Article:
Department of Anesthesiology

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The effect of ondansetron on atracurium-induced neuromuscular blockade.

TitleThe effect of ondansetron on atracurium-induced neuromuscular blockade.
Publication TypeJournal Article
Year of Publication1993
AuthorsLien CA, Gadalla F, Kudlak TT, Embree PB, Sharp GJ, Savarese JJ
JournalJ Clin Anesth
Volume5
Issue5
Pagination399-403
Date Published1993 Sep-Oct
ISSN0952-8180
KeywordsAdult, Atracurium, Double-Blind Method, Drug Interactions, Female, Humans, Male, Middle Aged, Nausea, Neuromuscular Junction, Ondansetron, Prospective Studies, Surgical Procedures, Elective, Vomiting
Abstract

STUDY OBJECTIVE: To determine whether treatment with ondansetron, a new antiemetic drug, affects nondepolarizing neuromuscular blockade.

DESIGN: Randomized, double-blind, prospective study.

SETTING: Operating room at a university medical center.

PATIENTS: 30 ASA physical status I and II patients scheduled for elective surgery.

INTERVENTIONS: After the induction of anesthesia with midazolam 2 to 4 mg/kg, sodium thiopental 6 to 8 mg/kg, and fentanyl 4 to 8 micrograms/kg, the ulnar nerve was stimulated at the wrist through subcutaneous needle electrodes at a frequency of 0.15 Hz. The response to stimulation was measured and recorded with a force-displacement transducer applied to the thumb. Patients were randomized to one of three treatment groups. A steady baseline to ulnar nerve stimulation with nitrous oxide-oxygen-opioid-thiopental anesthesia was established. The first study group (Group 1) received a placebo, the second group (Group 2) received 8 mg of ondansetron, and the third group (Group 3) received 16 mg of ondansetron as an intravenous infusion over 5 minutes. Patients were then given incremental doses of atracurium 0.05 mg/kg at 3-minute intervals to establish approximately 95% twitch inhibition so as to construct a dose-response curve. An atracurium infusion was then begun to maintain a constant degree of neuromuscular blockade. At the end of surgery, patients were allowed to recover spontaneously, or pharmacologic antagonism of residual neuromuscular blockade was achieved with neostigmine 0.05 mg/kg and glycopyrrolate 0.01 mg/kg. Mechanomyographic response to train-of-four stimuli (2 Hz for 2 seconds) every 20 seconds was monitored during the atracurium infusion and recovery from neuromuscular blockade.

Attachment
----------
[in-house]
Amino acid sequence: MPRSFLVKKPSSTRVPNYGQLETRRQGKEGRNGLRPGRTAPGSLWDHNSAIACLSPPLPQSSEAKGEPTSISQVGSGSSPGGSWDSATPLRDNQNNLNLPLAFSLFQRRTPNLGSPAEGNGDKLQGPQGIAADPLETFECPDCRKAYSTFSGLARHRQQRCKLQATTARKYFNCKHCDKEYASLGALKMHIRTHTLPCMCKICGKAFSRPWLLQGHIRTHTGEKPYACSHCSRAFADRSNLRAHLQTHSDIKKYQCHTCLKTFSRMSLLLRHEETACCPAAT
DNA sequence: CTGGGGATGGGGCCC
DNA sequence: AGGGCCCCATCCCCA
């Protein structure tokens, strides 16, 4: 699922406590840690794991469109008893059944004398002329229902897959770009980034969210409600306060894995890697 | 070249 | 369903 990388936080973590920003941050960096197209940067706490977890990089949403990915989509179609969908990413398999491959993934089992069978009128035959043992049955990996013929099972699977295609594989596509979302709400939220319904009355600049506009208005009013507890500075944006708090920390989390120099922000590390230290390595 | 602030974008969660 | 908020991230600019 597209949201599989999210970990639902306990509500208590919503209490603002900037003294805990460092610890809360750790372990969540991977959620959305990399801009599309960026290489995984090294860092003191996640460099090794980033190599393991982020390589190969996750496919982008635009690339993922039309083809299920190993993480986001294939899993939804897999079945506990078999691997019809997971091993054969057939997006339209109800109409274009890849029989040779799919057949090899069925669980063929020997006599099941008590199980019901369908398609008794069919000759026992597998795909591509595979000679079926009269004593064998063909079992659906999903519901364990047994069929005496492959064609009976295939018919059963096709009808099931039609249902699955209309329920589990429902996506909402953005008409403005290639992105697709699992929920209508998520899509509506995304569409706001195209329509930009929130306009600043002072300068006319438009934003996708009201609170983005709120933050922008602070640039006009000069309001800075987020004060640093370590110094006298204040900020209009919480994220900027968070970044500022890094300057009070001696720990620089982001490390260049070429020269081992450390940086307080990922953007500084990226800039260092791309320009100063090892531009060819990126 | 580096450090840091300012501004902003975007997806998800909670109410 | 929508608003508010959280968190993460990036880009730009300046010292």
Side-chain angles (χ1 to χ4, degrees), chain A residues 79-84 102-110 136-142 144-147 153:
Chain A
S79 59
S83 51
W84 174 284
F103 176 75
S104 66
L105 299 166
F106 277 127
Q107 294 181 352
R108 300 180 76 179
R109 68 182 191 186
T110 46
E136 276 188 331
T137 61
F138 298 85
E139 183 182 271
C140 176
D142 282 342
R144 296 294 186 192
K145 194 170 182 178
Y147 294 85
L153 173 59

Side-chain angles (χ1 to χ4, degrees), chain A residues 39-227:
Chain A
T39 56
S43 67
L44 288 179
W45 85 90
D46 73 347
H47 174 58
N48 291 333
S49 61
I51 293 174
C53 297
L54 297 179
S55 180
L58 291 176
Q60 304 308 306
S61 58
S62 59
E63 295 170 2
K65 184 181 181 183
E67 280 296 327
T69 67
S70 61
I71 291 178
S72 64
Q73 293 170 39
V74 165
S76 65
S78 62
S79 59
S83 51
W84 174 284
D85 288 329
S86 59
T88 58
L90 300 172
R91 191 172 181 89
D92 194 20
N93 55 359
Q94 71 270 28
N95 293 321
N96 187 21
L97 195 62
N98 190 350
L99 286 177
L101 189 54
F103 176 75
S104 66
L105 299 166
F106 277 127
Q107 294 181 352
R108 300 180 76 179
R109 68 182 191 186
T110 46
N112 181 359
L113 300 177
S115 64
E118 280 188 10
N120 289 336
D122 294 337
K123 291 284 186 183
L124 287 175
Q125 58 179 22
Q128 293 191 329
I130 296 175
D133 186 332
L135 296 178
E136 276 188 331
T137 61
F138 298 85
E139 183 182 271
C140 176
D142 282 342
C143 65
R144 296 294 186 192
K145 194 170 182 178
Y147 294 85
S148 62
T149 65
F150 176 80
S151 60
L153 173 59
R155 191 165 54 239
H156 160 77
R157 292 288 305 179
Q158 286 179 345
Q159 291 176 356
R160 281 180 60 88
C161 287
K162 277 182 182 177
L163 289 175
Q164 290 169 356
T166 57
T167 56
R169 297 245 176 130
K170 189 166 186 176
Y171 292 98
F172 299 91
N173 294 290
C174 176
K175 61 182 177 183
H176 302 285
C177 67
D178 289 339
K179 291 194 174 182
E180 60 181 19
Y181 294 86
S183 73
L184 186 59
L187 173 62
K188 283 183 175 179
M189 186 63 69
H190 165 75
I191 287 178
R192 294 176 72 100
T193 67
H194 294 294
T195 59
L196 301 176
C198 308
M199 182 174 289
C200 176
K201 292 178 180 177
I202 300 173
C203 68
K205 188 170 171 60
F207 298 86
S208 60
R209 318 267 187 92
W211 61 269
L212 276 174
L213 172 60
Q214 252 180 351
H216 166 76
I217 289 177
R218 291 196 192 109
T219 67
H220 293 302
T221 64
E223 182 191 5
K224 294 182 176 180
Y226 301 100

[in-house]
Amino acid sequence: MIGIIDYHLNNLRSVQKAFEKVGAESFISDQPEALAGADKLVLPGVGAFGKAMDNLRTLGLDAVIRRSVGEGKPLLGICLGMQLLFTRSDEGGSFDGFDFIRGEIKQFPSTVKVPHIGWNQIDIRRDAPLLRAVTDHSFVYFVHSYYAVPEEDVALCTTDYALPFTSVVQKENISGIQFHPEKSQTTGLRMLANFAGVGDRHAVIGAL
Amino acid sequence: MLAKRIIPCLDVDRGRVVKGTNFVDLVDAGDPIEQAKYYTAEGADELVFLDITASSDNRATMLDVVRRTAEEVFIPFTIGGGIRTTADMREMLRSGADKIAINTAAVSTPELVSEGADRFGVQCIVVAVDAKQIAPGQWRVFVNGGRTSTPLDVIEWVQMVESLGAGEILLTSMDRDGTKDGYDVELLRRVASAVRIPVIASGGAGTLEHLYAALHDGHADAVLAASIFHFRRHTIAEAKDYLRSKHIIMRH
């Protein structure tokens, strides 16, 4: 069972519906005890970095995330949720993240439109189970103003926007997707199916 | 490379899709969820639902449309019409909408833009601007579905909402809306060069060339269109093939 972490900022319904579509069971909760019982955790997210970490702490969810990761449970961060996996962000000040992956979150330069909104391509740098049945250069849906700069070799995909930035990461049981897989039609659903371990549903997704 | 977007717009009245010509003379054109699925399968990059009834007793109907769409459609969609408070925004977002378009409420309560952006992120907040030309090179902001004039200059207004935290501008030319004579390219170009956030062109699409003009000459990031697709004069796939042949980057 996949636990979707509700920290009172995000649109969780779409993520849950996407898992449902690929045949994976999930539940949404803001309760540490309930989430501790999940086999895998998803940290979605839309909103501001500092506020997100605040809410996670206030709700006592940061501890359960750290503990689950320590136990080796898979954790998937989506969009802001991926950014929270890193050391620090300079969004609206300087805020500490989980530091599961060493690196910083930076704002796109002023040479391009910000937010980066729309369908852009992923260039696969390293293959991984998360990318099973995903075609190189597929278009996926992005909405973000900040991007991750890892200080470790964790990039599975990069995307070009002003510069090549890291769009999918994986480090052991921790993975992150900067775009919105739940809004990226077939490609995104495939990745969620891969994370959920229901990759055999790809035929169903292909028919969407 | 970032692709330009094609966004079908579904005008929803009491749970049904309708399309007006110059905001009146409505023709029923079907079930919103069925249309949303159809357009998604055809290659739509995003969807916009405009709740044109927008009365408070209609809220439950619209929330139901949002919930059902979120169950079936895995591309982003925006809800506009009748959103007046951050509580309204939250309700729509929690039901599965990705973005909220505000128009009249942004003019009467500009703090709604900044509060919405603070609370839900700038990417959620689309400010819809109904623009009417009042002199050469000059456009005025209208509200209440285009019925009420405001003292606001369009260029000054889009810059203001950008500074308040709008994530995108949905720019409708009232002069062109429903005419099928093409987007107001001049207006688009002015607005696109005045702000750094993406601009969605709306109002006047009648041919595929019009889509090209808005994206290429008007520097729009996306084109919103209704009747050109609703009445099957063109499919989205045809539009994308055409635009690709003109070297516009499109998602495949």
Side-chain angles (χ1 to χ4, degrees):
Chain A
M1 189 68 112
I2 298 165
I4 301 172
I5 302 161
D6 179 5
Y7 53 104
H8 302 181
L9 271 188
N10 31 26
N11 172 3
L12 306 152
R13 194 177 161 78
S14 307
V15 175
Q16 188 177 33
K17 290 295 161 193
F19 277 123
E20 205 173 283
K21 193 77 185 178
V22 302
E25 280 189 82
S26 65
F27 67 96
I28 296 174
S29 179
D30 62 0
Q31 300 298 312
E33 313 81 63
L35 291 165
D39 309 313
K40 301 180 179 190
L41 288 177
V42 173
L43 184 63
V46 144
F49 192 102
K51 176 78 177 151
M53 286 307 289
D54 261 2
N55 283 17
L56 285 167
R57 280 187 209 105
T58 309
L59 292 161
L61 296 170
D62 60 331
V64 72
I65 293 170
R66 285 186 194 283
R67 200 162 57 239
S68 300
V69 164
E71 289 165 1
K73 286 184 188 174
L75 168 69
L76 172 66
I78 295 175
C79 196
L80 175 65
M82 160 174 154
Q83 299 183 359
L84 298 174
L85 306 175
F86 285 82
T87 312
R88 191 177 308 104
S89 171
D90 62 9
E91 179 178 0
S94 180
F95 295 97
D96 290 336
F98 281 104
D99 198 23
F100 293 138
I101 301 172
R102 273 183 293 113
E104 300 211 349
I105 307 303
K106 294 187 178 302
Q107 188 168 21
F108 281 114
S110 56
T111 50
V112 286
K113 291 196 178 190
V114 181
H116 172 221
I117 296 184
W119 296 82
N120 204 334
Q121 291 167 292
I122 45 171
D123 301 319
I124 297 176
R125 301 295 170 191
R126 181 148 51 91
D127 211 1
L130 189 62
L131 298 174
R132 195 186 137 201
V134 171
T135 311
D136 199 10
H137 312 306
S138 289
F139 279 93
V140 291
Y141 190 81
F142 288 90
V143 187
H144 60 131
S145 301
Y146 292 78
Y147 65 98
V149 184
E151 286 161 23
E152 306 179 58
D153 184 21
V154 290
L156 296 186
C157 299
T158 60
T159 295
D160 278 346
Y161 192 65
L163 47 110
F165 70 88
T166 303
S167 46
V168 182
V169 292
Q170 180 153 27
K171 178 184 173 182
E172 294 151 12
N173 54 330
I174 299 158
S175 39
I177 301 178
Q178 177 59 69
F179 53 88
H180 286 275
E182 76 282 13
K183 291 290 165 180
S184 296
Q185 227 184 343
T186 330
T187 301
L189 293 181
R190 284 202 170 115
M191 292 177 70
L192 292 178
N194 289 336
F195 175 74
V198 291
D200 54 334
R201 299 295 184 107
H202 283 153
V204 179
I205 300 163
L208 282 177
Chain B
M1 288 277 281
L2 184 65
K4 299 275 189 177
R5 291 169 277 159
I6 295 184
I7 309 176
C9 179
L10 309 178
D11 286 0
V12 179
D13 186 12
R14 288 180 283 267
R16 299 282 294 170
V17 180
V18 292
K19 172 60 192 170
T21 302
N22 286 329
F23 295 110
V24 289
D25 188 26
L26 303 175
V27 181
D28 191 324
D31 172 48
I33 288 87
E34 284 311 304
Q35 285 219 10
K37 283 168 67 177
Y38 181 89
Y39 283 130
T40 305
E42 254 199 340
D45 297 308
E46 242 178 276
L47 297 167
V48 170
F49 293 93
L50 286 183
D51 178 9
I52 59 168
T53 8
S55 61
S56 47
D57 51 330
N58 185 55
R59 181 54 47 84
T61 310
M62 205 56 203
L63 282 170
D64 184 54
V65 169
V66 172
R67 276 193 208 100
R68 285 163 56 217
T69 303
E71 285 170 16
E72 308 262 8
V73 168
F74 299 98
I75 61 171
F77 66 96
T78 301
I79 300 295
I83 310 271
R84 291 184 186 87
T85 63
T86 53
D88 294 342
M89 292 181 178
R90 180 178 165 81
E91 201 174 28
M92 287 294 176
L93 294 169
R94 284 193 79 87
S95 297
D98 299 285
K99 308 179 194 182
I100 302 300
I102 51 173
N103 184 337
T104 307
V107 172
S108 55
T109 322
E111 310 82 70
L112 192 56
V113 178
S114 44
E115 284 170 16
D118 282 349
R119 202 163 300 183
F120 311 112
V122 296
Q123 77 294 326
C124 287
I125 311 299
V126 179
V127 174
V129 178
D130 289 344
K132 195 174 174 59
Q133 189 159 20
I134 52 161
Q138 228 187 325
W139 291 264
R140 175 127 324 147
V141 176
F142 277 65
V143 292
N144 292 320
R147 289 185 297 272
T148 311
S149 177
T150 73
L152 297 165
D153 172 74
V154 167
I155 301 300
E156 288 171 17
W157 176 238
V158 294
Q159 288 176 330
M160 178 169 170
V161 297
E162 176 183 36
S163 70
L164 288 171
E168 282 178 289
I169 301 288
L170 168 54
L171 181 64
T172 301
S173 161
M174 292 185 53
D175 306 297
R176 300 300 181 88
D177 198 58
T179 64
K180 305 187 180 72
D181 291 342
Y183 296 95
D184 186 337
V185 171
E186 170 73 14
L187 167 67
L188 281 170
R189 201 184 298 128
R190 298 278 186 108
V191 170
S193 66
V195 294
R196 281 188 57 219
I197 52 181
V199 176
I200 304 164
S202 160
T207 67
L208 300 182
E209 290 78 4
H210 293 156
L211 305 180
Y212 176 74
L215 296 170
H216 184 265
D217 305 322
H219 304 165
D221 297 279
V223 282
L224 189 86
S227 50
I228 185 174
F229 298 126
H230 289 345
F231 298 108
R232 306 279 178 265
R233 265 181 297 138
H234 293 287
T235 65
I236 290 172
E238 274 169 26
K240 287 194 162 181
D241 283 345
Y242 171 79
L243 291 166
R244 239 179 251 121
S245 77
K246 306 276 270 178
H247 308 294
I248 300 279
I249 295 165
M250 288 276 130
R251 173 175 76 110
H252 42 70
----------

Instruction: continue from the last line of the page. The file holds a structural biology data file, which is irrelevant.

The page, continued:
MEASUREMENTS AND MAIN RESULTS: Log dose-response curves were determined for the study groups and compared using analysis of variance (ANOVA). The 50%, 75%, and 95% effective doses (ED50, ED75, and ED95) were calculated from the equation describing the log dose-response. Maintenance infusion rates were determined, and the neostigmine-accelerated recovery index of 25% to 75% was measured for each group. The results were compared using ANOVA. There were no significant differences among the treatment groups with respect to maintenance infusion rate (7.8 +/- 1.8 micrograms/kg/min for Group 1, 7.7 +/- 2.5 micrograms/kg/min for Group 2, and 7.3 +/- 2.3 micrograms/kg/min for Group 3) or neostigmine-accelerated recovery interval of 25% to 75% (4.5 +/- 2.3 minutes, 4.4 +/- 3.1 minutes, 6.6 +/- 3.9 minutes in Groups 1, 2, and 3, respectively). The log dose-response data for Groups 1, 2, and 3 did not differ significantly (p = 0.068), and the calculated ED95 in each treatment group demonstrated no dose-related change (0.254 +/- 0.022, 0.279 +/- 0.033, and 0.240 +/- 0.022 for Groups 1, 2, and 3, respectively).

CONCLUSIONS: Ondansetron is an antiemetic drug that can be used in the perioperative period without concern for potentiation of nondepolarizing neuromuscular blockade, change in atracurium maintenance dose, or change in rate of neostigmine-induced recovery from neuromuscular blockade with atracurium.

Alternate JournalJ Clin Anesth
PubMed ID8217176